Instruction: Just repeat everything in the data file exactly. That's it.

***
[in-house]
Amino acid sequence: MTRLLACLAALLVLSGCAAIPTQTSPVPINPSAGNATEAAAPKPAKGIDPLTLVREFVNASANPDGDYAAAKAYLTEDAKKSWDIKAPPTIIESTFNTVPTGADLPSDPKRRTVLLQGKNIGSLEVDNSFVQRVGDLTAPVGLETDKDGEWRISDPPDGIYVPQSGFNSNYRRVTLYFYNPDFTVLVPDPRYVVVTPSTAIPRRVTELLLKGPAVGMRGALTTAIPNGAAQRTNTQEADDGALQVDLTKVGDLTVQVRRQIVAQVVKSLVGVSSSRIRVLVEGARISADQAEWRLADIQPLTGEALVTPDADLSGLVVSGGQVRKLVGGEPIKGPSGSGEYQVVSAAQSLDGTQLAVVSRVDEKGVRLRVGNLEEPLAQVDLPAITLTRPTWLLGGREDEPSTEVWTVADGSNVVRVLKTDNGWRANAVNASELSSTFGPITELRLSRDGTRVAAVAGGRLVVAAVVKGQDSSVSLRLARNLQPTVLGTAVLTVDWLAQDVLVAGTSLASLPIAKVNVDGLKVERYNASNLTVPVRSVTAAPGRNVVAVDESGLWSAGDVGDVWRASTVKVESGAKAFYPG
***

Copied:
[in-house]
Amino acid sequence: MTRLLACLAALLVLSGCAAIPTQTSPVPINPSAGNATEAAAPKPAKGIDPLTLVREFVNASANPDGDYAAAKAYLTEDAKKSWDIKAPPTIIESTFNTVPTGADLPSDPKRRTVLLQGKNIGSLEVDNSFVQRVGDLTAPVGLETDKDGEWRISDPPDGIYVPQSGFNSNYRRVTLYFYNPDFTVLVPDPRYVVVTPSTAIPRRVTELLLKGPAVGMRGALTTAIPNGAAQRTNTQEADDGALQVDLTKVGDLTVQVRRQIVAQVVKSLVGVSSSRIRVLVEGARISADQAEWRLADIQPLTGEALVTPDADLSGLVVSGGQVRKLVGGEPIKGPSGSGEYQVVSAAQSLDGTQLAVVSRVDEKGVRLRVGNLEEPLAQVDLPAITLTRPTWLLGGREDEPSTEVWTVADGSNVVRVLKTDNGWRANAVNASELSSTFGPITELRLSRDGTRVAAVAGGRLVVAAVVKGQDSSVSLRLARNLQPTVLGTAVLTVDWLAQDVLVAGTSLASLPIAKVNVDGLKVERYNASNLTVPVRSVTAAPGRNVVAVDESGLWSAGDVGDVWRASTVKVESGAKAFYPG